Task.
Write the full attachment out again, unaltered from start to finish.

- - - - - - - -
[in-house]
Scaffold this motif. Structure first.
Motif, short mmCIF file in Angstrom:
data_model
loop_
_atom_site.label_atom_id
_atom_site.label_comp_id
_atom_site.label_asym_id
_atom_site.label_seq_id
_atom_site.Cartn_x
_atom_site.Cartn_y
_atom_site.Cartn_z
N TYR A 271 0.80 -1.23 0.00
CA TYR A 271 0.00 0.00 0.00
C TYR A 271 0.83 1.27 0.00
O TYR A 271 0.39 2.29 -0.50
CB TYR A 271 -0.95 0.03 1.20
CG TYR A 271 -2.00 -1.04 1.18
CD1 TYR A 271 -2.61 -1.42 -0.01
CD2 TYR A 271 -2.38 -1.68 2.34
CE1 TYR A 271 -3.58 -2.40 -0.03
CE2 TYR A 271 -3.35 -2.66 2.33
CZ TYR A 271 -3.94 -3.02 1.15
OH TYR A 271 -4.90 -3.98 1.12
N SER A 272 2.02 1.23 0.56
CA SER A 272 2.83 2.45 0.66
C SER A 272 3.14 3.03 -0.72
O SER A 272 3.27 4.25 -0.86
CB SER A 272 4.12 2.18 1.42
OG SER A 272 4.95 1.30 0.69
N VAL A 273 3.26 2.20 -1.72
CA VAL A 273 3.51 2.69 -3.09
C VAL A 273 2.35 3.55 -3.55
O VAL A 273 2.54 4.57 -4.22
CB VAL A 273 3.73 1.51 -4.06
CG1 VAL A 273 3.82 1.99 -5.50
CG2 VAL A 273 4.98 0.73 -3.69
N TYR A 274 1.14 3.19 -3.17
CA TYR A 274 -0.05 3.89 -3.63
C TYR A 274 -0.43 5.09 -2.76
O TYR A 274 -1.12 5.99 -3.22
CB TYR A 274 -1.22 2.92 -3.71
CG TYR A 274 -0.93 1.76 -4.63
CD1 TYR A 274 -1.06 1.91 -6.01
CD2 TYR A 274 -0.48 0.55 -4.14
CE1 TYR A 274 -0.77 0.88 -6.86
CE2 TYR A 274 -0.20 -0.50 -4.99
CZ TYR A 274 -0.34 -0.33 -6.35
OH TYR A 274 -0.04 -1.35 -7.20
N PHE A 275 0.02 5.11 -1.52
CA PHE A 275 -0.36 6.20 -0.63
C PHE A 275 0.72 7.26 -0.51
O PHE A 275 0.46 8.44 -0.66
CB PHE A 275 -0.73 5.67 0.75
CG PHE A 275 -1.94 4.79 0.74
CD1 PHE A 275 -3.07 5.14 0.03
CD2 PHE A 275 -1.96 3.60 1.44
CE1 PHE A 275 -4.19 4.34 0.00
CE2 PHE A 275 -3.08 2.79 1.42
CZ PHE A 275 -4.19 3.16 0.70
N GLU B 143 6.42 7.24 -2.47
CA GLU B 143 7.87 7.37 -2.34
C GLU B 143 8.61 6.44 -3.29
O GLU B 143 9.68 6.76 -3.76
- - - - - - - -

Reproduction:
[in-house]
Scaffold this motif. Structure first.
Motif, short mmCIF file in Angstrom:
data_model
loop_
_atom_site.label_atom_id
_atom_site.label_comp_id
_atom_site.label_asym_id
_atom_site.label_seq_id
_atom_site.Cartn_x
_atom_site.Cartn_y
_atom_site.Cartn_z
N TYR A 271 0.80 -1.23 0.00
CA TYR A 271 0.00 0.00 0.00
C TYR A 271 0.83 1.27 0.00
O TYR A 271 0.39 2.29 -0.50
CB TYR A 271 -0.95 0.03 1.20
CG TYR A 271 -2.00 -1.04 1.18
CD1 TYR A 271 -2.61 -1.42 -0.01
CD2 TYR A 271 -2.38 -1.68 2.34
CE1 TYR A 271 -3.58 -2.40 -0.03
CE2 TYR A 271 -3.35 -2.66 2.33
CZ TYR A 271 -3.94 -3.02 1.15
OH TYR A 271 -4.90 -3.98 1.12
N SER A 272 2.02 1.23 0.56
CA SER A 272 2.83 2.45 0.66
C SER A 272 3.14 3.03 -0.72
O SER A 272 3.27 4.25 -0.86
CB SER A 272 4.12 2.18 1.42
OG SER A 272 4.95 1.30 0.69
N VAL A 273 3.26 2.20 -1.72
CA VAL A 273 3.51 2.69 -3.09
C VAL A 273 2.35 3.55 -3.55
O VAL A 273 2.54 4.57 -4.22
CB VAL A 273 3.73 1.51 -4.06
CG1 VAL A 273 3.82 1.99 -5.50
CG2 VAL A 273 4.98 0.73 -3.69
N TYR A 274 1.14 3.19 -3.17
CA TYR A 274 -0.05 3.89 -3.63
C TYR A 274 -0.43 5.09 -2.76
O TYR A 274 -1.12 5.99 -3.22
CB TYR A 274 -1.22 2.92 -3.71
CG TYR A 274 -0.93 1.76 -4.63
CD1 TYR A 274 -1.06 1.91 -6.01
CD2 TYR A 274 -0.48 0.55 -4.14
CE1 TYR A 274 -0.77 0.88 -6.86
CE2 TYR A 274 -0.20 -0.50 -4.99
CZ TYR A 274 -0.34 -0.33 -6.35
OH TYR A 274 -0.04 -1.35 -7.20
N PHE A 275 0.02 5.11 -1.52
CA PHE A 275 -0.36 6.20 -0.63
C PHE A 275 0.72 7.26 -0.51
O PHE A 275 0.46 8.44 -0.66
CB PHE A 275 -0.73 5.67 0.75
CG PHE A 275 -1.94 4.79 0.74
CD1 PHE A 275 -3.07 5.14 0.03
CD2 PHE A 275 -1.96 3.60 1.44
CE1 PHE A 275 -4.19 4.34 0.00
CE2 PHE A 275 -3.08 2.79 1.42
CZ PHE A 275 -4.19 3.16 0.70
N GLU B 143 6.42 7.24 -2.47
CA GLU B 143 7.87 7.37 -2.34
C GLU B 143 8.61 6.44 -3.29
O GLU B 143 9.68 6.76 -3.76